M. Mouse’s business manager, Walt Disney, declines to divulge the name the opera concerned, but declares that it is definitely not I Pagliacci. "Signor Duck," he says, "is a tenor of considerable promise, but 1 am afraid he is not yet capable tackling 'On with the Motley'—but for heaven’s sake, don’t tell him I said so.” 

Daily Mirror 

Saturday 18 April 1936



RICHARD Tauber, the tenor, and his fiancee, Diana Napier, the film star, are to be married in a London register office late in June, when Tauber's decree against his Austrian wife is made absolute. Part of their honeymoon will be spent in Brighton, where Miss Napier's mother lives. When I saw the couple last night, on their return from Vienna, where the tenor has been singing in the State opera season, they were radiantly happy. They have come back to London to appeal in two new films, I Pagliacci  and Land Without Song, which will both be made at Denham by Trafalgar Films. The wedding will take place between the making of these two films. "We would rather forget the past and look forward to the future," Miss Napier told me. "We are planning the wedding to take place immediately after Richard and I have made the I Pagliacci film."

Nottingham Evening Post

Monday 20 April 1936




Ambitious plans have been announced Max Schach which, if realised, will make him one of the most influential forces in British film-making. 

The first of these projects is the filming of Leoncavallo's opera, I Pagliacci, with Richard Tauber, which is to start in a few days. This is believed to be the first time that a whole opera has been adapted for filming. 

A considerable amount of additional incident leading up to the situation depicted in the opera is to be introduced, it is learned, but the story will be substantially adhered to and most of the original music retained. Negotiations are proceeding for a well-known film prima donna to play opposite Herr Tauber.


The rights of the opera were obtained for the sum of £20,000, probably a record price for British company to pay for a subject. Mr. Schach learned that Metro-Goldwyn-Mayer had been buying every available opera, and had an option on I Pagliacci for £20,000. If they wished to take it it was necessary for them to hand in a telegram of acceptance at Los Angeles before two o'clock on a certain date.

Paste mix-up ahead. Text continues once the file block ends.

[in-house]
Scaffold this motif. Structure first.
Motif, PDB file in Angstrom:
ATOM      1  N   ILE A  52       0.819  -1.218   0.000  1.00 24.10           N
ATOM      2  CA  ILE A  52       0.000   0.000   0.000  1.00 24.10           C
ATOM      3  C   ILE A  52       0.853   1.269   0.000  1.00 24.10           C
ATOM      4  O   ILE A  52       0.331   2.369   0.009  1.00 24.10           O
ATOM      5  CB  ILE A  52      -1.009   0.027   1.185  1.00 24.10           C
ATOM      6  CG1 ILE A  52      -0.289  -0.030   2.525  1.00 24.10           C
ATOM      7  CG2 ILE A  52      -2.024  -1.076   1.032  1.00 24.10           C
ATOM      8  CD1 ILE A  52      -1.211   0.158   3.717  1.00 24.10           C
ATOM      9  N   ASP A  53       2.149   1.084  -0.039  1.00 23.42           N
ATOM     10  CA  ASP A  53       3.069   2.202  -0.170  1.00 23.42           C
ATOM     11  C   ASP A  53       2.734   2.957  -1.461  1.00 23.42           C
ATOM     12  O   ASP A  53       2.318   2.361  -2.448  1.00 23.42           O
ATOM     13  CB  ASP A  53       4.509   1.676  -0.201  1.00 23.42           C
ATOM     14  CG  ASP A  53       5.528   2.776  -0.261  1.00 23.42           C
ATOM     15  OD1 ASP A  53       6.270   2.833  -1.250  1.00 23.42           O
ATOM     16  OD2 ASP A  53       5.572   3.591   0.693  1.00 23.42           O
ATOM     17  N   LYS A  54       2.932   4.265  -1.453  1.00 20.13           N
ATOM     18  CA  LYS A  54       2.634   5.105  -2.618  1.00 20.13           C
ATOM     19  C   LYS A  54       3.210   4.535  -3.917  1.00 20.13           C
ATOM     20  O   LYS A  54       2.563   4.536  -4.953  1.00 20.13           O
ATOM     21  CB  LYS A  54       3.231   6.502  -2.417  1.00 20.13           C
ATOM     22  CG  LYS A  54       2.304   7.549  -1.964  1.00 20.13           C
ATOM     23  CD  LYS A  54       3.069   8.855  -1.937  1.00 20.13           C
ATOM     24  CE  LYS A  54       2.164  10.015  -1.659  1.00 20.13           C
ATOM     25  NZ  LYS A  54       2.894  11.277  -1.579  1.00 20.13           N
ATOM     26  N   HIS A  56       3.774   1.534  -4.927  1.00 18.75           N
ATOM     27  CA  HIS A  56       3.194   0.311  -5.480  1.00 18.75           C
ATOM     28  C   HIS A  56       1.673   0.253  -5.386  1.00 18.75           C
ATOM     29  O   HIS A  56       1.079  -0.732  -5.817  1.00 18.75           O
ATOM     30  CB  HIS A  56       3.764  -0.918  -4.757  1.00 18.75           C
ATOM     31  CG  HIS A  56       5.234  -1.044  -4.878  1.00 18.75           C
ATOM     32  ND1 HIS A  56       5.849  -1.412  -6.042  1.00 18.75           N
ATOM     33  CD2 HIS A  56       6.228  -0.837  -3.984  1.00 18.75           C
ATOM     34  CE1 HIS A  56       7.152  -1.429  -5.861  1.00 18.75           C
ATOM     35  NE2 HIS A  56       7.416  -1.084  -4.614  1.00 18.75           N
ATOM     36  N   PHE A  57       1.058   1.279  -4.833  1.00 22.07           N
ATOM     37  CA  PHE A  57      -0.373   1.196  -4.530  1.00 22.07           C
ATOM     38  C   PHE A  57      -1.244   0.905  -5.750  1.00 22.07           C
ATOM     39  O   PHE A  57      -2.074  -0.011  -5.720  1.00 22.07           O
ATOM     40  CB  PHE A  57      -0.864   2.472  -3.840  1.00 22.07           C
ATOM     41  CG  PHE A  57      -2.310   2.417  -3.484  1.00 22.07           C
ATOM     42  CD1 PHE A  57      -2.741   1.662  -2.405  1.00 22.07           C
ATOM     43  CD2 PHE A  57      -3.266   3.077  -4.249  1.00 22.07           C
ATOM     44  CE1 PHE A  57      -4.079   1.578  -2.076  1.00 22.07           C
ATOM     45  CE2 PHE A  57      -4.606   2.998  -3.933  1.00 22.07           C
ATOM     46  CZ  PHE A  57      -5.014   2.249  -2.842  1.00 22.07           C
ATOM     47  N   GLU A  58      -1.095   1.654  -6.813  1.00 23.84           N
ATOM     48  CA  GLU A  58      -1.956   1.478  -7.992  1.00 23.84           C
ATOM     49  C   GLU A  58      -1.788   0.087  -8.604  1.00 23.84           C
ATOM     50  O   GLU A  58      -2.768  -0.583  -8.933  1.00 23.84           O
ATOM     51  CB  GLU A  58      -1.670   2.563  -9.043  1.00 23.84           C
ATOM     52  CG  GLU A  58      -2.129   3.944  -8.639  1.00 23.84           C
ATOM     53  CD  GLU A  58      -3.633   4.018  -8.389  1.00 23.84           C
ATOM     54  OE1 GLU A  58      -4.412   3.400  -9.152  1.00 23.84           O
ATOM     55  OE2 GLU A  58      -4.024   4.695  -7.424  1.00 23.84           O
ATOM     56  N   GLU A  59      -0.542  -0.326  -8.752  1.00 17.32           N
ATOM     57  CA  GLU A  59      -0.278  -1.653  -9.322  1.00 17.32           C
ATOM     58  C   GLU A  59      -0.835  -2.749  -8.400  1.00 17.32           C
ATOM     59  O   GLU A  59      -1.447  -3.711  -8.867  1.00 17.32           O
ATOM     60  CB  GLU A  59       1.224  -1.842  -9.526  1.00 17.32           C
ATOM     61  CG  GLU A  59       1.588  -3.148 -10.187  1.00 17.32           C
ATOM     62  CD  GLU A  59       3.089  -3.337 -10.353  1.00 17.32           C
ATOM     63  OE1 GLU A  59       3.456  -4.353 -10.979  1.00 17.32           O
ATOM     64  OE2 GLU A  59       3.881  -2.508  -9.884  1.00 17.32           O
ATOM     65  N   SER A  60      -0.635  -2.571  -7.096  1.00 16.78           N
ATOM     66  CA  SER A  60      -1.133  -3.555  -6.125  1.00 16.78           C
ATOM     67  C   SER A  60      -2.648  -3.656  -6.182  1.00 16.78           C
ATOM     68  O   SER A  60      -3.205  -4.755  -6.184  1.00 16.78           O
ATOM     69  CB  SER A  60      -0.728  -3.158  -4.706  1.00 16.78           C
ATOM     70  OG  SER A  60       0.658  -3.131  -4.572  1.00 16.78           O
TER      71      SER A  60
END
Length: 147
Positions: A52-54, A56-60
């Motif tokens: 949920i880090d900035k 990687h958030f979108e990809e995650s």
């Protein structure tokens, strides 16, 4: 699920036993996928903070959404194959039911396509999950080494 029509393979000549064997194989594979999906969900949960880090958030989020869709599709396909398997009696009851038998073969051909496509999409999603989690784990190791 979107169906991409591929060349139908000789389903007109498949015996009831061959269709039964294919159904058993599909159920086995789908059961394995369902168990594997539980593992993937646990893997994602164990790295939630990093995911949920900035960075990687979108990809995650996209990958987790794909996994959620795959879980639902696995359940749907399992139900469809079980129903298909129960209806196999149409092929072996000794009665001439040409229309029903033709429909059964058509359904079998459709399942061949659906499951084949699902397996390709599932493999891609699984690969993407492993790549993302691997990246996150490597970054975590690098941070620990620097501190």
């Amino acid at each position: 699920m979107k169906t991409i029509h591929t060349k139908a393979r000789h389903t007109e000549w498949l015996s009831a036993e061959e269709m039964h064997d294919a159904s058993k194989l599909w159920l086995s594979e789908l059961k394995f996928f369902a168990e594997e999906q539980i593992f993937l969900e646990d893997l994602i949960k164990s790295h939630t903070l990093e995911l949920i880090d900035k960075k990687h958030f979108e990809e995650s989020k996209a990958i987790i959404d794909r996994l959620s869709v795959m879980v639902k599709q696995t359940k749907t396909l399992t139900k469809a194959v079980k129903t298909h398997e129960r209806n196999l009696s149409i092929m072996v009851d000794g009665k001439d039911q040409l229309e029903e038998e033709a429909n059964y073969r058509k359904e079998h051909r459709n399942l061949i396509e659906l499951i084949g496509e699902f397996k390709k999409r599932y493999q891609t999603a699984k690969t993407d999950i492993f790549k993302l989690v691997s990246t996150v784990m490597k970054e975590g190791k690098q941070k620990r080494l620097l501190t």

Mr. Schach cabled a deposit of £5,000 to the agents for the sale, and asked that the opera should be sold him if Metro-Goldwyn-Mayer did not accept. The latter handed in their telegram at 2.35 p.m., and the opera became Mr. Schach's by 35 minutes.

Bath Chronicle and Weekly Gazette

Saturday 25 April 1936

To Be Married in June 

Diana Napier, the Bath-born film star, and Richard Tauber, have returned by air from Vienna, and are back in London, making plans for their wedding in June and for the honeymoon in Brighton. "Half a year for a divorce, an endless struggle with authority, and at last we are free," Miss Napier said in interview on Friday night. "Through it all, Richard has been singing in Italian opera and teaching me German. He succeeded so well that he is to take the title role in Pagliacci, his new film, and I am to speak German in Vienna next Christmas." 

After the Pagliacci film they will take love-sick, but tragic, roles in another film, Land Without Music. The only thing Richard cannot teach his Diana is how to sing. "Not a note in her head which might be accurate," he said in despair. Asked if he had acquired anything abroad, his only answer was, "a good figure," for Miss Napier has been taking the chocolate and sausages out of his diet. He has retaliated cutting down her cigarettes.

The Era

Wednesday 29 July 1936

Steffi Duna, the Hungarian brunette who danced in Radio’s Technicolor La Cucharacha and Dancing Pirate, arrives on the Berengaria to-day. She will play Nedda opposite Tauber in Capitol’s Pagliacci

The Era

Wednesday 12 August 1936


Trafalgar’s Screen Opera 

PAGLIACCI, Trafalgar's screen opera, has gone into production at the B.1.P. Studios. It is being produced by Max Schach as his first subject for United Artists’ release. 

Richard Tauber is playing Canio, and is directed by Karl Grune. They call it an "operatic film" as distinct from a "filmed opera." 

Monkton Hoffe and Roger Burford have prepared the screen play whilst some of the lyrics have been devised by John Drinkwater. Albert Coates, assisted by Boyd Neel, will be responsible for putting the Leoncavallo music on the screen.

The cast also includes Steffi as Nedda, Arthur Margetson as Tonio, Jerry Verno as Beppe, Esmond Knight as Silvio, Diana Napier as Trina, and Arthur Chesney as the Coachbuilder. 

Belfast Telegraph

Thursday 20 August 1936


There is good news for opera lovers. and particularly those who find Covent Garden prices beyond their means. It is that the first of what may well prove to be a cycle of films based on the world's greatest operas has gone into production in a British studio. The first shots of Pagliacci have been taken at Elstree, and Karl Grune, who is directing, has under him a cast of considerable talent. Richard Tauber is Canio, and Steffi Duna is Nedda, Esmond Knight is taking the part of Silvo, Nedda's lover. and Arthur Margetson, Jerry Verno, Diana Napier, and Arthur Chesney have leading parts. The all important task of putting Leoncavallo's glorious music on the screen has been entrusted to Albert Coates and Boyd Neel. and I am told that it will he played by the most carefully selected orchestra which has ever been employed in a film studio. Several of the lyrics have been written be John Drinkwater, and it is altogether a very ambitious project.